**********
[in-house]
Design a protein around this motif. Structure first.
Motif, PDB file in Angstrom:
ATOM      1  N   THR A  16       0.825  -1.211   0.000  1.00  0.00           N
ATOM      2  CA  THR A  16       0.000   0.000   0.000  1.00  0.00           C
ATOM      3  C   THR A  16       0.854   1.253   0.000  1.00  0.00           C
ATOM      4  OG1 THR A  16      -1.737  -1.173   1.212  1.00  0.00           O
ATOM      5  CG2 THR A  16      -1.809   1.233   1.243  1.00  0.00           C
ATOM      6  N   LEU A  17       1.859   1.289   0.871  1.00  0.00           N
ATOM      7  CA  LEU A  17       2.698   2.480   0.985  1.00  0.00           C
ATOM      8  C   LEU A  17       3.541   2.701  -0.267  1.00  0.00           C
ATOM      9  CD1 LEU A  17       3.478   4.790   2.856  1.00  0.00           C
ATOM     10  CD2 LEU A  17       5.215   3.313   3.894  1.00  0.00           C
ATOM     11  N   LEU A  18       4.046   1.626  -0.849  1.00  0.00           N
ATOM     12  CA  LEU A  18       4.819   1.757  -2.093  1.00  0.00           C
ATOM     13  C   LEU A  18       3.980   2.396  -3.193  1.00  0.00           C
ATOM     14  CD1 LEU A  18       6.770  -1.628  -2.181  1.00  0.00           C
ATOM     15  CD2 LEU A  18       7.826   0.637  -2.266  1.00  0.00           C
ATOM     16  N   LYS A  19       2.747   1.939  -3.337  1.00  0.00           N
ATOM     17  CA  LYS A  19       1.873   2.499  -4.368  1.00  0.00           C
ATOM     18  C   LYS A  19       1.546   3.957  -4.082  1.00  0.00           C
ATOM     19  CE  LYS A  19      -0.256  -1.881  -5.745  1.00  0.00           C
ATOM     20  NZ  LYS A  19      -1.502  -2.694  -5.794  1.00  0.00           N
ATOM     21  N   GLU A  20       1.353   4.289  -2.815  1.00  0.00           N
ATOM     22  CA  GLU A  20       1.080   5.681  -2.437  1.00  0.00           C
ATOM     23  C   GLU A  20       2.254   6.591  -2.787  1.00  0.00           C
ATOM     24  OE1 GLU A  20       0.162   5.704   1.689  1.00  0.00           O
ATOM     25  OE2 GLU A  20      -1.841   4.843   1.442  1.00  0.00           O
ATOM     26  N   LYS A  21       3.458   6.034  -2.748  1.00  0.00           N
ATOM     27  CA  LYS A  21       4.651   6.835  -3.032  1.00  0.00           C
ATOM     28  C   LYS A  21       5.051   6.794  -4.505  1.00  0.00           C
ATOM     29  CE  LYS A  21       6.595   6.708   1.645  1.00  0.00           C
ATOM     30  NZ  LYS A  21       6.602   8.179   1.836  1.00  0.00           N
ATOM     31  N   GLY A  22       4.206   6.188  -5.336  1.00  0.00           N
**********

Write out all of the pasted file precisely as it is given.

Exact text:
[in-house]
Design a protein around this motif. Structure first.
Motif, PDB file in Angstrom:
ATOM      1  N   THR A  16       0.825  -1.211   0.000  1.00  0.00           N
ATOM      2  CA  THR A  16       0.000   0.000   0.000  1.00  0.00           C
ATOM      3  C   THR A  16       0.854   1.253   0.000  1.00  0.00           C
ATOM      4  OG1 THR A  16      -1.737  -1.173   1.212  1.00  0.00           O
ATOM      5  CG2 THR A  16      -1.809   1.233   1.243  1.00  0.00           C
ATOM      6  N   LEU A  17       1.859   1.289   0.871  1.00  0.00           N
ATOM      7  CA  LEU A  17       2.698   2.480   0.985  1.00  0.00           C
ATOM      8  C   LEU A  17       3.541   2.701  -0.267  1.00  0.00           C
ATOM      9  CD1 LEU A  17       3.478   4.790   2.856  1.00  0.00           C
ATOM     10  CD2 LEU A  17       5.215   3.313   3.894  1.00  0.00           C
ATOM     11  N   LEU A  18       4.046   1.626  -0.849  1.00  0.00           N
ATOM     12  CA  LEU A  18       4.819   1.757  -2.093  1.00  0.00           C
ATOM     13  C   LEU A  18       3.980   2.396  -3.193  1.00  0.00           C
ATOM     14  CD1 LEU A  18       6.770  -1.628  -2.181  1.00  0.00           C
ATOM     15  CD2 LEU A  18       7.826   0.637  -2.266  1.00  0.00           C
ATOM     16  N   LYS A  19       2.747   1.939  -3.337  1.00  0.00           N
ATOM     17  CA  LYS A  19       1.873   2.499  -4.368  1.00  0.00           C
ATOM     18  C   LYS A  19       1.546   3.957  -4.082  1.00  0.00           C
ATOM     19  CE  LYS A  19      -0.256  -1.881  -5.745  1.00  0.00           C
ATOM     20  NZ  LYS A  19      -1.502  -2.694  -5.794  1.00  0.00           N
ATOM     21  N   GLU A  20       1.353   4.289  -2.815  1.00  0.00           N
ATOM     22  CA  GLU A  20       1.080   5.681  -2.437  1.00  0.00           C
ATOM     23  C   GLU A  20       2.254   6.591  -2.787  1.00  0.00           C
ATOM     24  OE1 GLU A  20       0.162   5.704   1.689  1.00  0.00           O
ATOM     25  OE2 GLU A  20      -1.841   4.843   1.442  1.00  0.00           O
ATOM     26  N   LYS A  21       3.458   6.034  -2.748  1.00  0.00           N
ATOM     27  CA  LYS A  21       4.651   6.835  -3.032  1.00  0.00           C
ATOM     28  C   LYS A  21       5.051   6.794  -4.505  1.00  0.00           C
ATOM     29  CE  LYS A  21       6.595   6.708   1.645  1.00  0.00           C
ATOM     30  NZ  LYS A  21       6.602   8.179   1.836  1.00  0.00           N
ATOM     31  N   GLY A  22       4.206   6.188  -5.336  1.00  0.00           N